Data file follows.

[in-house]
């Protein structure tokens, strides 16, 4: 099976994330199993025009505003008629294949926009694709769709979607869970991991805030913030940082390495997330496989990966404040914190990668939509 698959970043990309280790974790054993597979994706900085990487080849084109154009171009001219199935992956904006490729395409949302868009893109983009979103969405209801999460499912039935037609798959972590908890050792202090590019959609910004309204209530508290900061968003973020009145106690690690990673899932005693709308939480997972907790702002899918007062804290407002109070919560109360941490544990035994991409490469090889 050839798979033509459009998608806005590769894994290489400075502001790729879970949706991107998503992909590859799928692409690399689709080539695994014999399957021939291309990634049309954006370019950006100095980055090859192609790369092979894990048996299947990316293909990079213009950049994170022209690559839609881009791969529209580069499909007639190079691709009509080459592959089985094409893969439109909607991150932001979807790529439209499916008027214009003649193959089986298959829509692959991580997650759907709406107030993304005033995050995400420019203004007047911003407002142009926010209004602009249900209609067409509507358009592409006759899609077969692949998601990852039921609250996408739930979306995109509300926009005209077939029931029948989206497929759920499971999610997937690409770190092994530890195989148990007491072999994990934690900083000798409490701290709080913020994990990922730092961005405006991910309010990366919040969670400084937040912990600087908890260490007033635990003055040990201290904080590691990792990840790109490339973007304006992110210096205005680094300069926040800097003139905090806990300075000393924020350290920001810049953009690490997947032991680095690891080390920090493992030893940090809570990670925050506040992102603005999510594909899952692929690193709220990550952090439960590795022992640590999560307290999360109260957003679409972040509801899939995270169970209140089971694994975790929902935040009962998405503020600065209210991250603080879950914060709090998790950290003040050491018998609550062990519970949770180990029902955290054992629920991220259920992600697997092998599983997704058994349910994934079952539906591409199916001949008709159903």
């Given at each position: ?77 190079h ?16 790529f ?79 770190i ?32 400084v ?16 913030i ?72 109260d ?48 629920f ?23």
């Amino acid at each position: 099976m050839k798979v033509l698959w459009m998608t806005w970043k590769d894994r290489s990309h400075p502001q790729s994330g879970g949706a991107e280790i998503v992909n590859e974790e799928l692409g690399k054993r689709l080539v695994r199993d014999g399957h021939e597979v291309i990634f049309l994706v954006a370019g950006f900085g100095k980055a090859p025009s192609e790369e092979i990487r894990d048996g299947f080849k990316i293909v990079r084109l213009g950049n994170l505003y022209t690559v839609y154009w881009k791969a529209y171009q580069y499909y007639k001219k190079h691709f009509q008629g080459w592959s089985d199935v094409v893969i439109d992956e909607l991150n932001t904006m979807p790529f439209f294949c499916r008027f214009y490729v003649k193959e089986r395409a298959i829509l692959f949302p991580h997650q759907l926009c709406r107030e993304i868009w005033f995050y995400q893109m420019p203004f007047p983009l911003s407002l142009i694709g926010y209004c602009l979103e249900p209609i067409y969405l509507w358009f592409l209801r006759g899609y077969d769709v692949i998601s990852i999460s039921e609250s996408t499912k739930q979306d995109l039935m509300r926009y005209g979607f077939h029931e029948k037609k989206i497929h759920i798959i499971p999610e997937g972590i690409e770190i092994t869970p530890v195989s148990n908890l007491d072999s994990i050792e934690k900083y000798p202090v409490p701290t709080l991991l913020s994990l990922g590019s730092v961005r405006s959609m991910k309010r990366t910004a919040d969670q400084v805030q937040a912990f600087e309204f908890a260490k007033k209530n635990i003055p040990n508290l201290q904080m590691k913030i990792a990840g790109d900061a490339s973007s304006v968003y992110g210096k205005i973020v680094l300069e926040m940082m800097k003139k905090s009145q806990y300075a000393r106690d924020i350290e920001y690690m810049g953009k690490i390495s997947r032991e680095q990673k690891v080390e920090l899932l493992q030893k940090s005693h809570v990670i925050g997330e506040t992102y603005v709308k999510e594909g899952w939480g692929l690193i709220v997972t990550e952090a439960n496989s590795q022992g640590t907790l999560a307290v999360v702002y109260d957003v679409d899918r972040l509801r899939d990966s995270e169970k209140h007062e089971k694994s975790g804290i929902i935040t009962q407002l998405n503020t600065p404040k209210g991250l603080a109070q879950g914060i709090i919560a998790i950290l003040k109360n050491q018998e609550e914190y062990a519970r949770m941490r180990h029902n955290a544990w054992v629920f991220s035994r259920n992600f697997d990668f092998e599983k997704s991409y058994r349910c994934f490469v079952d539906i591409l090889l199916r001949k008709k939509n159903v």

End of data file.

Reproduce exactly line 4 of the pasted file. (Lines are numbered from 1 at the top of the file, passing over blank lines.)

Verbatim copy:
């Amino acid at each position: 099976m050839k798979v033509l698959w459009m998608t806005w970043k590769d894994r290489s990309h400075p502001q790729s994330g879970g949706a991107e280790i998503v992909n590859e974790e799928l692409g690399k054993r689709l080539v695994r199993d014999g399957h021939e597979v291309i990634f049309l994706v954006a370019g950006f900085g100095k980055a090859p025009s192609e790369e092979i990487r894990d048996g299947f080849k990316i293909v990079r084109l213009g950049n994170l505003y022209t690559v839609y154009w881009k791969a529209y171009q580069y499909y007639k001219k190079h691709f009509q008629g080459w592959s089985d199935v094409v893969i439109d992956e909607l991150n932001t904006m979807p790529f439209f294949c499916r008027f214009y490729v003649k193959e089986r395409a298959i829509l692959f949302p991580h997650q759907l926009c709406r107030e993304i868009w005033f995050y995400q893109m420019p203004f007047p983009l911003s407002l142009i694709g926010y209004c602009l979103e249900p209609i067409y969405l509507w358009f592409l209801r006759g899609y077969d769709v692949i998601s990852i999460s039921e609250s996408t499912k739930q979306d995109l039935m509300r926009y005209g979607f077939h029931e029948k037609k989206i497929h759920i798959i499971p999610e997937g972590i690409e770190i092994t869970p530890v195989s148990n908890l007491d072999s994990i050792e934690k900083y000798p202090v409490p701290t709080l991991l913020s994990l990922g590019s730092v961005r405006s959609m991910k309010r990366t910004a919040d969670q400084v805030q937040a912990f600087e309204f908890a260490k007033k209530n635990i003055p040990n508290l201290q904080m590691k913030i990792a990840g790109d900061a490339s973007s304006v968003y992110g210096k205005i973020v680094l300069e926040m940082m800097k003139k905090s009145q806990y300075a000393r106690d924020i350290e920001y690690m810049g953009k690490i390495s997947r032991e680095q990673k690891v080390e920090l899932l493992q030893k940090s005693h809570v990670i925050g997330e506040t992102y603005v709308k999510e594909g899952w939480g692929l690193i709220v997972t990550e952090a439960n496989s590795q022992g640590t907790l999560a307290v999360v702002y109260d957003v679409d899918r972040l509801r899939d990966s995270e169970k209140h007062e089971k694994s975790g804290i929902i935040t009962q407002l998405n503020t600065p404040k209210g991250l603080a109070q879950g914060i709090i919560a998790i950290l003040k109360n050491q018998e609550e914190y062990a519970r949770m941490r180990h029902n955290a544990w054992v629920f991220s035994r259920n992600f697997d990668f092998e599983k997704s991409y058994r349910c994934f490469v079952d539906i591409l090889l199916r001949k008709k939509n159903v």